My friend tells me it’s all about giving the veggie base a good slow turn around the pan before adding any stock. This may be where I come unstuck since it could be a lack of patience that sees me end up with watery, tasteless pots of soup.

So to Lana’s soup. She used to make it for me when we worked together and we would enjoy it over a blether on our breaks. It is rich, deeply satisfying but very healthy. I’m not a fan of creamy soups and there is only a dash in this one but squash gives any soup a great velvety texture. It’s a guddle to peel and chop a butternut squash but a heavy Chinese cleaver helps. When making this for the blog today I suddenly realised I was out of paprika, hence the chorizo addition at the end. Either way, it’s delicious.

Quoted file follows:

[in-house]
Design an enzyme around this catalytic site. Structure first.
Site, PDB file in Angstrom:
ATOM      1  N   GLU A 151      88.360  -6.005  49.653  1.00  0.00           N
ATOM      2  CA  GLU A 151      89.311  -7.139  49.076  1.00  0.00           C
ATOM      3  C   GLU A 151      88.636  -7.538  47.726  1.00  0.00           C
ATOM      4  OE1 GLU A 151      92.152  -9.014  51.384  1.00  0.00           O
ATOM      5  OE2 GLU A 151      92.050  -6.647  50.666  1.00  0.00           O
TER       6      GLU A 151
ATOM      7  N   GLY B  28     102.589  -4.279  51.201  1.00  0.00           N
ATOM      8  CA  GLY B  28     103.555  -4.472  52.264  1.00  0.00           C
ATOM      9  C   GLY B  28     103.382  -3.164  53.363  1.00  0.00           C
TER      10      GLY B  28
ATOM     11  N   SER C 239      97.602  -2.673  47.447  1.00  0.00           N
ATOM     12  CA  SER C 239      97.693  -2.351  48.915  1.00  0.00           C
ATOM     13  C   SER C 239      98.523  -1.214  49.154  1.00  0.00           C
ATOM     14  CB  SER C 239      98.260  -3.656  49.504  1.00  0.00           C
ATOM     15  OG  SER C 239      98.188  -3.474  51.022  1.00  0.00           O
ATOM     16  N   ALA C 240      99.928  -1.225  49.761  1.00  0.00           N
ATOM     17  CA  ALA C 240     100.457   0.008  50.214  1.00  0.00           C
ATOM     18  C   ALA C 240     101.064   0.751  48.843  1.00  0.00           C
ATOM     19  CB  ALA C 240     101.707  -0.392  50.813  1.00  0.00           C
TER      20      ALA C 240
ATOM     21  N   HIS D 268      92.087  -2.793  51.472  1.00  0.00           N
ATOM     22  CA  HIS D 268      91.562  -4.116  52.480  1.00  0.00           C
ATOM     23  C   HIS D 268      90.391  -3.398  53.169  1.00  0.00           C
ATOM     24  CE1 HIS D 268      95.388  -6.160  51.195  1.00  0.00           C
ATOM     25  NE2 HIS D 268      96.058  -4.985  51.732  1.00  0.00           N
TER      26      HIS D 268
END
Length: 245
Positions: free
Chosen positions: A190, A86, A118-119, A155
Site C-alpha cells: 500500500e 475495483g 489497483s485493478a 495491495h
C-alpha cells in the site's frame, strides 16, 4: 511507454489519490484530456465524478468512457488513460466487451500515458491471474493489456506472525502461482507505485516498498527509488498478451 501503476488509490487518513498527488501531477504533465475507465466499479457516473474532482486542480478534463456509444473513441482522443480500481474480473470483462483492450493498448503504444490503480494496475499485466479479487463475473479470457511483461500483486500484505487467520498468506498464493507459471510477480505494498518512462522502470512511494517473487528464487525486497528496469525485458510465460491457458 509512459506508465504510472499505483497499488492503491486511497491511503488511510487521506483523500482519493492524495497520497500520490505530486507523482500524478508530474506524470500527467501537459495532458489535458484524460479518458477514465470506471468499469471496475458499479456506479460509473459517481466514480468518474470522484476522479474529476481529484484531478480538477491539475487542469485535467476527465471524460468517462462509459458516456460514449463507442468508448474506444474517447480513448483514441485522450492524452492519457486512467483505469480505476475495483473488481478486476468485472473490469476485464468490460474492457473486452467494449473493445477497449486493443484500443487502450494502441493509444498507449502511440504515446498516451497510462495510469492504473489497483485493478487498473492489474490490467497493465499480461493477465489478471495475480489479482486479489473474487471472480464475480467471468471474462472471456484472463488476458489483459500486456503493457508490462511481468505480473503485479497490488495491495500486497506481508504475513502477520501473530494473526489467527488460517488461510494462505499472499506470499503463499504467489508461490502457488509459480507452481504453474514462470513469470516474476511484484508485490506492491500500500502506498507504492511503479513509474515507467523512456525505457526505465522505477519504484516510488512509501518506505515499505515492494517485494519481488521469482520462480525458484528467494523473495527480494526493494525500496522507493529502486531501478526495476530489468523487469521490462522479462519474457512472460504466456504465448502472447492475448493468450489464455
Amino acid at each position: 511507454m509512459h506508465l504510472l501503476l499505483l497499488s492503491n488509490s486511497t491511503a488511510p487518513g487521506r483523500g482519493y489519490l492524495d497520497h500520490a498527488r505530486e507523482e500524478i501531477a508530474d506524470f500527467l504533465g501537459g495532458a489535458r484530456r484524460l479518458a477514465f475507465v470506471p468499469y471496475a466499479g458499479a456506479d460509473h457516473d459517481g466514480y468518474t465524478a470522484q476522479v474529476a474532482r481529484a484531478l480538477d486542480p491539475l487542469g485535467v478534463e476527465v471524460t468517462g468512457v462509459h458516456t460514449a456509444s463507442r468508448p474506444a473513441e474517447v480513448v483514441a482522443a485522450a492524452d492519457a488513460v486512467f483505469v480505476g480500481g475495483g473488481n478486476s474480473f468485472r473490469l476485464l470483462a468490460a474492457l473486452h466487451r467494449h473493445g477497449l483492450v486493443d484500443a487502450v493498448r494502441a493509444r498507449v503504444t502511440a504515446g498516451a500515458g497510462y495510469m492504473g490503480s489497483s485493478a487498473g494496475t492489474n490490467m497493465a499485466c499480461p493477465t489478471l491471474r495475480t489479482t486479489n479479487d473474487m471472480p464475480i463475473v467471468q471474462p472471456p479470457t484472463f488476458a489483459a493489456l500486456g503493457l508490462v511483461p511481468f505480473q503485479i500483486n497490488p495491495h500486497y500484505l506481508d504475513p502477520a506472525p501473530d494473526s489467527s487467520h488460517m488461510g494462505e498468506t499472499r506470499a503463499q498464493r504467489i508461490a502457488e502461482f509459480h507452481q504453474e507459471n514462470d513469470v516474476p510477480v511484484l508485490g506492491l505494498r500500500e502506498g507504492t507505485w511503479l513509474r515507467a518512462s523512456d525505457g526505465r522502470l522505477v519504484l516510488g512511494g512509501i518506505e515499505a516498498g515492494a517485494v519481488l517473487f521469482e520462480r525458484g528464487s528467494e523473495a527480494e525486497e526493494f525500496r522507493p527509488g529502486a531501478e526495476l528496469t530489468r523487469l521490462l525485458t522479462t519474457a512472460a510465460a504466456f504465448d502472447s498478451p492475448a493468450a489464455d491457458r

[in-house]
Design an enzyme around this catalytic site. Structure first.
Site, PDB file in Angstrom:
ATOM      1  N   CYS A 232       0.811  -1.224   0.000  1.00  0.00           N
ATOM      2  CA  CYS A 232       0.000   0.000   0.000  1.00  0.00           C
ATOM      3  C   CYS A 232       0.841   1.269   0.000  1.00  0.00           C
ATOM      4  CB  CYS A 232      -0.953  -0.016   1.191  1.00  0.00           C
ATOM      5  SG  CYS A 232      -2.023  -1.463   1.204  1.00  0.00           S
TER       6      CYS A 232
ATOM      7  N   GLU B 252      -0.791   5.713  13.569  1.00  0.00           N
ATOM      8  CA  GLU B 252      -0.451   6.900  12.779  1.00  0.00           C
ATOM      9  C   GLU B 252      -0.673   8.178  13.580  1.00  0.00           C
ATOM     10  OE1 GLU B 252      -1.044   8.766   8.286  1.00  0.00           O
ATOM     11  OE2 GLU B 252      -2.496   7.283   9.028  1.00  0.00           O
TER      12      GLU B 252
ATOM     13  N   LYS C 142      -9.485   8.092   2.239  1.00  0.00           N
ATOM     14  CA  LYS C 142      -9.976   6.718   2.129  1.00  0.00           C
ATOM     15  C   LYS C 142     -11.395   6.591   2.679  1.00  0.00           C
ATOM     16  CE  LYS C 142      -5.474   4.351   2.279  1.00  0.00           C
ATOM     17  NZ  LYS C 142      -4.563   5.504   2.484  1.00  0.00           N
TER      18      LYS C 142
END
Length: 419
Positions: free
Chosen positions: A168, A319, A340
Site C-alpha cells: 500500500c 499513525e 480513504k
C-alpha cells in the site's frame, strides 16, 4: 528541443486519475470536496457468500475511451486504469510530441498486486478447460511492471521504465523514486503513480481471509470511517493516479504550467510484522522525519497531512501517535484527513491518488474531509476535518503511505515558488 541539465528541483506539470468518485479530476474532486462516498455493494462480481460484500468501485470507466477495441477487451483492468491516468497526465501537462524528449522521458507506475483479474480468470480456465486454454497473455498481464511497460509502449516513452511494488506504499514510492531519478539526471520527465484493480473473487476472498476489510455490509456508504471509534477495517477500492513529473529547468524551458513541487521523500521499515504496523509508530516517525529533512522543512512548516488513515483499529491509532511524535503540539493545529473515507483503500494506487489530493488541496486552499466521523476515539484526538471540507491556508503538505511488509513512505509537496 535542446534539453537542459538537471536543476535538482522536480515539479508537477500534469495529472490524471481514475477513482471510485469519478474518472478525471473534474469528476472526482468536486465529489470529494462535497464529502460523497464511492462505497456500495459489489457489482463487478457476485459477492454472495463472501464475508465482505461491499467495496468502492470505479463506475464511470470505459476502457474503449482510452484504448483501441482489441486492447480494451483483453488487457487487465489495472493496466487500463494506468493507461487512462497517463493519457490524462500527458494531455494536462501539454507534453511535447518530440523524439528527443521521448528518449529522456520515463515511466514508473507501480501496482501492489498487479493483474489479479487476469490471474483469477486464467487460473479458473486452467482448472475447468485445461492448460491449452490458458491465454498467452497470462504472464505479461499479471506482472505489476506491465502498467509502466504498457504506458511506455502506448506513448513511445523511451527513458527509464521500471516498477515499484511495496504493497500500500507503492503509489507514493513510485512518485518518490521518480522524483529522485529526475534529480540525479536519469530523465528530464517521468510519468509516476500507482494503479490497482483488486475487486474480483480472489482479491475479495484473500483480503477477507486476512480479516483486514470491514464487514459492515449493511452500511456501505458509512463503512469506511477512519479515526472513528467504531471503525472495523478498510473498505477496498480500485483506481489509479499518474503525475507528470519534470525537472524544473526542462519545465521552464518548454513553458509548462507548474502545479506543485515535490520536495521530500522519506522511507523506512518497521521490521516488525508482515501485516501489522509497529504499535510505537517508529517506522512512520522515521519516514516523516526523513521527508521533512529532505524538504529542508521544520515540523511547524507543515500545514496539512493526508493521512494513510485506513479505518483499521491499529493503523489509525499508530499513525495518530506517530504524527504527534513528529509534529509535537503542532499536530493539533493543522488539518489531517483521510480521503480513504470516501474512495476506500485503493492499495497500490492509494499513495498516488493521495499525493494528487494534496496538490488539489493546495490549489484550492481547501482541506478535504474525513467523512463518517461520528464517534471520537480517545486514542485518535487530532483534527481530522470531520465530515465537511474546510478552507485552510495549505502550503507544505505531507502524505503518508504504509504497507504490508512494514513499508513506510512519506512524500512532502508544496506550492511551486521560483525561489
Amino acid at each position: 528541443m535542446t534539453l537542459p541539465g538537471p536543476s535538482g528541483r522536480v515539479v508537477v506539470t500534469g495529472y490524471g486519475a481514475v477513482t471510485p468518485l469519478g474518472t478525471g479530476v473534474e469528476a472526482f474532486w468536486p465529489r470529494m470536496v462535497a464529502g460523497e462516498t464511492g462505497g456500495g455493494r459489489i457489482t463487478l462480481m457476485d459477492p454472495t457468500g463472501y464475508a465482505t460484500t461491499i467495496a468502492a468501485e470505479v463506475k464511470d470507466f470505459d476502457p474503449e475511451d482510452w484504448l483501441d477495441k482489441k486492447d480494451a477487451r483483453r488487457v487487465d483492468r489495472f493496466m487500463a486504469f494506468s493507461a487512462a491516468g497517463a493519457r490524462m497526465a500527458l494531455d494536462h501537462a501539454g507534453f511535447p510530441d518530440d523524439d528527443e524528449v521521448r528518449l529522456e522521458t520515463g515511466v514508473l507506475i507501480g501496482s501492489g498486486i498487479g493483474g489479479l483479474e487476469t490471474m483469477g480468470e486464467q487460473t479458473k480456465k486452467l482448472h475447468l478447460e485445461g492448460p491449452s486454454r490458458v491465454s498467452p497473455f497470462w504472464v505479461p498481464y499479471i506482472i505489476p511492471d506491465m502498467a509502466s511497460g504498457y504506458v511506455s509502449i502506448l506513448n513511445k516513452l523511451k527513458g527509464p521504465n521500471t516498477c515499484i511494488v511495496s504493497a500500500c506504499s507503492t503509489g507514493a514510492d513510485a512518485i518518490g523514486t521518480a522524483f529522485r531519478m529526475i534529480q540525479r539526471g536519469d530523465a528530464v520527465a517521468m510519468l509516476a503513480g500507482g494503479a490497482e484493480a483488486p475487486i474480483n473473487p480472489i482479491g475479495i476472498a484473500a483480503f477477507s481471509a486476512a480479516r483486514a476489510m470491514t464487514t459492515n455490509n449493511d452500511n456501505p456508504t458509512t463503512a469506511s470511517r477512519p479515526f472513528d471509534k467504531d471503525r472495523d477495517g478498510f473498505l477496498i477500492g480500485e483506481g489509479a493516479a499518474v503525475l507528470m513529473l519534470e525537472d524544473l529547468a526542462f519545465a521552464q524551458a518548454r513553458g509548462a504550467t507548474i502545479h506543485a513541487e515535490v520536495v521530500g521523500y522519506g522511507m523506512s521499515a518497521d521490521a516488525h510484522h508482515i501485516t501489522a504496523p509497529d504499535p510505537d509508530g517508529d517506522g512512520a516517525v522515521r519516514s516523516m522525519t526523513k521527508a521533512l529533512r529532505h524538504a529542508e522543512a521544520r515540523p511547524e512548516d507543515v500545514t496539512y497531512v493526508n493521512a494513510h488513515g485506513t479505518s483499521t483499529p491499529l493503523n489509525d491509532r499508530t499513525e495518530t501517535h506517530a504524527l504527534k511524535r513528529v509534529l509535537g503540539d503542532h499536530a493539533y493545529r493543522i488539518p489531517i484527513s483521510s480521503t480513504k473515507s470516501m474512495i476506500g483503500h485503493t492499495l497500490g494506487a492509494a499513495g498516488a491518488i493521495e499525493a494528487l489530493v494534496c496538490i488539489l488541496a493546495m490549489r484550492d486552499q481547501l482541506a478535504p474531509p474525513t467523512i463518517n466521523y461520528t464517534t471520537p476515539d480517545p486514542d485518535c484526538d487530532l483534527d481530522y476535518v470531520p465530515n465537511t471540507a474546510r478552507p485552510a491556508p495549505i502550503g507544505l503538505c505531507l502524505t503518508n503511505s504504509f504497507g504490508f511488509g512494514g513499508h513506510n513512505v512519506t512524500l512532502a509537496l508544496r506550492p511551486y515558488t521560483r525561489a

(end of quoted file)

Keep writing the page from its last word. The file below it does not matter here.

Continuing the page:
Lana’s Butternut Squash Soup

Serves four, generously

One butternut squash, peeled and cut into chunks roughly 2cm thick. You can also add some sweet potato or carrot – both improve the colour of the final soup

Two fat cloves of garlic, crushed

Good pinch of dried chilli flakes

Half a tsp of sweet paprika

2 tbsp grainy or Dijon mustard

About a pint of veg or chicken stock (you may need more depending on size of squash)

Salt and pepper

1-2 tbsp creme fraiche or cream

In a large pan with a lid, heat two tbsp of olive oil and gently fry the garlic and chilli. Add the squash and cook gently, turning occasionally until just soft around the edges and slightly tinged (about 10 minutes). Add the paprika and mustard and stir well in. Pour in the stock. The squash should be just covered with liquid. Bring to the boil, season and put the lid on. Simmer gently until the squash is soft. Allow to cool slightly and puree using a hand blender or liquidiser. Return to the heat and taste for seasoning. Add the creme fraiche or cream.

This is quite nice with a little crispy chorizo and a drizzle of the paprika oil from the pan. But it’s equally as nice (and vegetarian) without. In fact, if you ditch the creme fraiche, it’s probably fine for a vegan if made with veggie stock.